Summits: 1340

October 17, 2010


Garnet Mountain (SDC #57, 5700′) • mapdirections

Pine (SDC #60, 5660′) • mapdirections

Garnet Peak (SDC #59, 5900′) • mapdirections

Monument (SDC #62, 6271′) • mapdirections

Sheephead (SDC #72, 5896′) • mapdirections

Wooded Hill (SDC #69, 6223′) • mapdirections


Garnet Mountain

After yesterday’s debacle on Manza, we had six peaks we wanted to get to before the day was over instead of the four we had originally planned for. It wasn’t enough to get me out of bed before sunrise, but we did get up soon after, not wasting any time getting over to Garnet Mountain. We drove north on the Sunrise Highway from our campsite at Burnt Ranchita, and followed the turnoff for Kwaaymii Point. The Pacific Crest Trail crossed right through the parking lot, and you could see down to the desert floor without having to go anywhere.




The Pacific Crest Trail (PCT) from the parking lot (not the route for Garnet)


Anna and I started up the gated dirt road (not the PCT) and walked a third of a mile before turning left towards the high point of Garnet Mountain, arriving to the top at 8:51am. It took less than 15 minutes to get there, and surprisingly there was a summit register. The view towards Anza Borrego was great, but being further back on a relatively flat plateau prevented us from seeing much more than the horizon, and I imagined we’d have much better views throughout the day. I’d even argue that the parking lot that we started from has better views. We returned to the truck just as quickly as we left, and spent some time enjoying the view from the collection of memorials at the south end of the lot.




The view from Garnet Mountain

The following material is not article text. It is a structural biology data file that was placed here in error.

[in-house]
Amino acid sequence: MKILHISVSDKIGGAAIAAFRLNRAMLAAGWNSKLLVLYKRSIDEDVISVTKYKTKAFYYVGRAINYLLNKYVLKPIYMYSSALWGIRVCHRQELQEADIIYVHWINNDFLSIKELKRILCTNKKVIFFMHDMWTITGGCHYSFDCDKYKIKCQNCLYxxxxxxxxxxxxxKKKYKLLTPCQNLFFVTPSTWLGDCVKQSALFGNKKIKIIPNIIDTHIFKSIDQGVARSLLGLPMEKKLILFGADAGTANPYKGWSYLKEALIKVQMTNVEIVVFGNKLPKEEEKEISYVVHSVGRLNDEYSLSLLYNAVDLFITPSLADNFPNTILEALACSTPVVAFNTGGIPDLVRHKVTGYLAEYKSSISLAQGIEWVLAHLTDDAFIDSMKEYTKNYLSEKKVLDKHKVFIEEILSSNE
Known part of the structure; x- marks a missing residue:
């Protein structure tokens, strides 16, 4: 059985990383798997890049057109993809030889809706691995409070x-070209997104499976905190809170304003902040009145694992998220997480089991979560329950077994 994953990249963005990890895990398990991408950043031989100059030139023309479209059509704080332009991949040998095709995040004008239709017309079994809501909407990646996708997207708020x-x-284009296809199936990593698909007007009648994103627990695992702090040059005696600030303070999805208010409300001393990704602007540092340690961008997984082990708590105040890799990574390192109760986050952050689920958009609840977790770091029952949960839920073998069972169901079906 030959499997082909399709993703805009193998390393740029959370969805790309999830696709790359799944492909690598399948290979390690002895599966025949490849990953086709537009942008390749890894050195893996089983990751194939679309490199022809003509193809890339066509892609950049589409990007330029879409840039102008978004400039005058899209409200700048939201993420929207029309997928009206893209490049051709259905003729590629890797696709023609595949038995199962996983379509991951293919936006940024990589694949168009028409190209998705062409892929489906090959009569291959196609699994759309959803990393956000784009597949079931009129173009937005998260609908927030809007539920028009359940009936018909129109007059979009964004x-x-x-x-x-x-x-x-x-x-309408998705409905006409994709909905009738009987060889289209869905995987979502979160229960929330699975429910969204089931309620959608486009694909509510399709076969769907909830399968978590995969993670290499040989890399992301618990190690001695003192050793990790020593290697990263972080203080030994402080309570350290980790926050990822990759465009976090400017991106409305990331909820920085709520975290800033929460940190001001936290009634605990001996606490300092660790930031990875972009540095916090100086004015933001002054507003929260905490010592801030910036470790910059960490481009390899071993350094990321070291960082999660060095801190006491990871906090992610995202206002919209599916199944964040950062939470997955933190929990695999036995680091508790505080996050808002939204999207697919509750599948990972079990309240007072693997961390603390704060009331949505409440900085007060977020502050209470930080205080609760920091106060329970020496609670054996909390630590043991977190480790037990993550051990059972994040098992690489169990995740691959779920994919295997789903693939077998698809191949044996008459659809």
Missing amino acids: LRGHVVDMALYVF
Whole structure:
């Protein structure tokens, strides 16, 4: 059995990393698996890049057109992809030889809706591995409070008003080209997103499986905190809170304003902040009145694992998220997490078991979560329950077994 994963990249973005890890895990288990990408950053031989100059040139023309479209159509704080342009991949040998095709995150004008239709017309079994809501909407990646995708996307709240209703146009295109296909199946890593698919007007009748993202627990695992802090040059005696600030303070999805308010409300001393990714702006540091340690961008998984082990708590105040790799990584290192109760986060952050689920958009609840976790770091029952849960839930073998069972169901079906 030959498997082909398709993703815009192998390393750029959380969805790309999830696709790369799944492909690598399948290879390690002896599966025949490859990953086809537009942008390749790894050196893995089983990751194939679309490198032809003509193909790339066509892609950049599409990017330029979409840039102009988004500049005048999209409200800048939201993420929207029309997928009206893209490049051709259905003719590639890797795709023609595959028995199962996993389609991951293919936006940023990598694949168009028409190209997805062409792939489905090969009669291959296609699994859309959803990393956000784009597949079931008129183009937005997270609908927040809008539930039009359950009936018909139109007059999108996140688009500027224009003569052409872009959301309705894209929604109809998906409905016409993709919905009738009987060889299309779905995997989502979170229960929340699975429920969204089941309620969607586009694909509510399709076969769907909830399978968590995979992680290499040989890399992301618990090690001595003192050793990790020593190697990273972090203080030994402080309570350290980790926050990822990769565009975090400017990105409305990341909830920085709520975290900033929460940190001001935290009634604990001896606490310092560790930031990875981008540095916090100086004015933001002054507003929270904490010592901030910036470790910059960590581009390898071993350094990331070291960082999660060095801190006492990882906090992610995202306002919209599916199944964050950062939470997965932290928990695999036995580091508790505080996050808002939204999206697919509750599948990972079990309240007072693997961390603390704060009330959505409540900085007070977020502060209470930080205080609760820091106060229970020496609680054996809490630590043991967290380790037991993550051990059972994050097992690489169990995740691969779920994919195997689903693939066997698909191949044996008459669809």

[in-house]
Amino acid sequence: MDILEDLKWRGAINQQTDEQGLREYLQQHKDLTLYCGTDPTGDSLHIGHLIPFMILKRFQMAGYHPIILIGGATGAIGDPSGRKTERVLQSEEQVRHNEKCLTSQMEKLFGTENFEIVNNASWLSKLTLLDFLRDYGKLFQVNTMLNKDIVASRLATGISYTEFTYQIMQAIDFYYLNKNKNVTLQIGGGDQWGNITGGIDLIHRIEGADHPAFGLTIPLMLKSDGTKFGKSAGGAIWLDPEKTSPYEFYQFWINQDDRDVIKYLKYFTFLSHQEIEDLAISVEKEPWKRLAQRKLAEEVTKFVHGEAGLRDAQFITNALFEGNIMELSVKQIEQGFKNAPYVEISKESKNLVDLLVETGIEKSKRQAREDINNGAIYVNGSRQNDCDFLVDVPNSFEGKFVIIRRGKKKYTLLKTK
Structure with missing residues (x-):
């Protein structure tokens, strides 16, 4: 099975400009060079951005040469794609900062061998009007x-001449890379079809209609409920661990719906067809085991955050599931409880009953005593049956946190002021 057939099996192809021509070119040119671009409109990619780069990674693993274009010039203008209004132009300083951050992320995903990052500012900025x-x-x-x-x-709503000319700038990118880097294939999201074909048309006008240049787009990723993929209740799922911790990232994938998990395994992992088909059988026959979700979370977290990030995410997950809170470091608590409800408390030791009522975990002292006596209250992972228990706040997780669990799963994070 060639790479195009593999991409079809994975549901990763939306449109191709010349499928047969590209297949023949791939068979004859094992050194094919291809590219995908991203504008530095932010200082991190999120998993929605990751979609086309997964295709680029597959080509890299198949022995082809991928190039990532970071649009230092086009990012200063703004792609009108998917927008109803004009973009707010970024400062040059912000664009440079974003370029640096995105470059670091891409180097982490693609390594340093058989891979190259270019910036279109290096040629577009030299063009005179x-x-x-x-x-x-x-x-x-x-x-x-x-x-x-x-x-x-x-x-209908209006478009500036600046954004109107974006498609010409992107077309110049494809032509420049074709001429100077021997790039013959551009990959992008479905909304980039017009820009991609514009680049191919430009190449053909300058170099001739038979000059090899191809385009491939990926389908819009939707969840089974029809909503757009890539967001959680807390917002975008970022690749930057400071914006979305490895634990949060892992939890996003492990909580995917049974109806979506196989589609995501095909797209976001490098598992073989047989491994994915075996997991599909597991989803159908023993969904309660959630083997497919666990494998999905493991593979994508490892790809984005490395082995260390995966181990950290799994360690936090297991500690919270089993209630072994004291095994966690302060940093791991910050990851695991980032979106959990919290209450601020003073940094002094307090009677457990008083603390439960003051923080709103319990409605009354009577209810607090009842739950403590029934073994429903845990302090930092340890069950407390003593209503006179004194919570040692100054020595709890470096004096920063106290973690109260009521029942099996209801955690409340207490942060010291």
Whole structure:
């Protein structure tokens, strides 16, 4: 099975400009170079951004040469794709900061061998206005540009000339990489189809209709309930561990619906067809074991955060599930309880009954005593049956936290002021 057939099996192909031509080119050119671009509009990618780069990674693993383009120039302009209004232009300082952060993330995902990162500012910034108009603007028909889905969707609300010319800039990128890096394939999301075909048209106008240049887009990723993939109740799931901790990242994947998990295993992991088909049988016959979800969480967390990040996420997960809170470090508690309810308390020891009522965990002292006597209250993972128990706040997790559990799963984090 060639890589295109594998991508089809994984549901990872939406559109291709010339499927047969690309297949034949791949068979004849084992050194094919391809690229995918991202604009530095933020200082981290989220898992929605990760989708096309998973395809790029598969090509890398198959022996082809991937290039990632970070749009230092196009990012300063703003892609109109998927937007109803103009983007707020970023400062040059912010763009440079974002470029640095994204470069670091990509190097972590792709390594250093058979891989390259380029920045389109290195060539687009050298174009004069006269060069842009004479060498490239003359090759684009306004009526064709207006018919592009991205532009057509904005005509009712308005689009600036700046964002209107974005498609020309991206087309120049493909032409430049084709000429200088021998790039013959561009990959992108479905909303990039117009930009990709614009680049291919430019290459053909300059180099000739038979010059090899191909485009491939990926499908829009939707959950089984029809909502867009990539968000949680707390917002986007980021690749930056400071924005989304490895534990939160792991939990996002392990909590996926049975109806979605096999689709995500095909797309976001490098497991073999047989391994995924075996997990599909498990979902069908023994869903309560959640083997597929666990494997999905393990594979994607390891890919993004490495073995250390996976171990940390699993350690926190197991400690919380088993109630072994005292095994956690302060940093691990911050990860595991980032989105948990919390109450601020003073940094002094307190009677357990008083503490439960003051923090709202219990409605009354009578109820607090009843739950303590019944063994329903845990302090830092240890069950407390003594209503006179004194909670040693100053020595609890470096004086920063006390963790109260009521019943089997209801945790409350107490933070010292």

We turned south onto Sunrise Highway after leaving Garnet Mountain, and hung a right onto a dirt road almost exactly a mile down. We were headed towards Pine Mountain, and I wasn’t quite sure where it was exactly so I used my GPS to point the way. I kept on the rough dirt road (2WD high clearance ok), keeping right at an intersection, and ended up wrapping around to the northeast side of Pine Mountain, not quite believing that my GPS was pointing me to the tiny hill less than a quarter of a mile away. We parked and spent a total of 5 minutes walking up to the summit with only our cameras in hand, arriving at the top at 9:33am.




The summit of Pine Mountain (?)



We looked for any kind of a summit log but all we came up with was a pile of rocks near the center of the rounded hill. The trees blocked much of whatever view there was, but being one of the only higher mountains in San Diego with trees on top, I imagined that the pines were intended to be the attraction. Overall driving the road to Pine Mountain was the hardest part of the visit, and though we had originally expected to walk the extra mile and a half, I was glad we didn’t.




Views from Pine Mountain

Garnet Peak